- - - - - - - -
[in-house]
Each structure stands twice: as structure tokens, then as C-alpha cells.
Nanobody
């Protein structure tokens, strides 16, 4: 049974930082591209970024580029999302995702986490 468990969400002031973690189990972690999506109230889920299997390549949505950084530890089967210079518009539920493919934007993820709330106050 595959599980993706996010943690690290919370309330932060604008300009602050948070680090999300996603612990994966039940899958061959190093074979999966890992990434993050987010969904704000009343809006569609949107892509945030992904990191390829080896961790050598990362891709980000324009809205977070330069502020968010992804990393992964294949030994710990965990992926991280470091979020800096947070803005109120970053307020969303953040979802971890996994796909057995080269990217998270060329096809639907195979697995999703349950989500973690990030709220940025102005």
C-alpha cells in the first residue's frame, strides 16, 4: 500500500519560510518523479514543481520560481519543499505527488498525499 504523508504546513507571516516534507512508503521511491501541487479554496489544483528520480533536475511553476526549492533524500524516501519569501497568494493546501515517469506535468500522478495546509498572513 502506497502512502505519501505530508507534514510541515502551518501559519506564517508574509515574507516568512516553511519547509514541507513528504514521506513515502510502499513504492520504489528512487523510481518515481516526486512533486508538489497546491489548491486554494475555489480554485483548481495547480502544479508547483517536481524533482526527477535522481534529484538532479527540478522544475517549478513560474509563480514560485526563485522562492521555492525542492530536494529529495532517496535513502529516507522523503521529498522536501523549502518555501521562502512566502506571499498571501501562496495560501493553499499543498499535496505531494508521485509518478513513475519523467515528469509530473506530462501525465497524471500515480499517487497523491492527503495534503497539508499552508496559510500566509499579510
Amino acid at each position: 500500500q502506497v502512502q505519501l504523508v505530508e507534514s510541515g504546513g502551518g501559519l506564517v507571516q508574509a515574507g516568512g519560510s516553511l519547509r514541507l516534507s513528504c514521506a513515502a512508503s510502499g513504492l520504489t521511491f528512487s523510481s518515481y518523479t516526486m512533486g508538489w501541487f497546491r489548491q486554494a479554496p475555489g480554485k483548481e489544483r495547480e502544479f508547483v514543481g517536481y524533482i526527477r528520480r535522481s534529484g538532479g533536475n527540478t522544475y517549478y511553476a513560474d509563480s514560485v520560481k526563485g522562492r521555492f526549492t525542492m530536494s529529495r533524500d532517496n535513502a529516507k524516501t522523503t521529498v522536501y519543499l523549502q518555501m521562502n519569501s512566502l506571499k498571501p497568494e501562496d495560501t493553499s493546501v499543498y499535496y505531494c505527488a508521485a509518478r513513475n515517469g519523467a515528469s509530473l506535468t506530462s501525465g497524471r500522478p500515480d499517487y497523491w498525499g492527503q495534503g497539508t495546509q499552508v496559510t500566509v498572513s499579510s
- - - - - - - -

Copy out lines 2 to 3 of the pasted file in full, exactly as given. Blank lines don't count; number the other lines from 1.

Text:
Each structure stands twice: as structure tokens, then as C-alpha cells.
Nanobody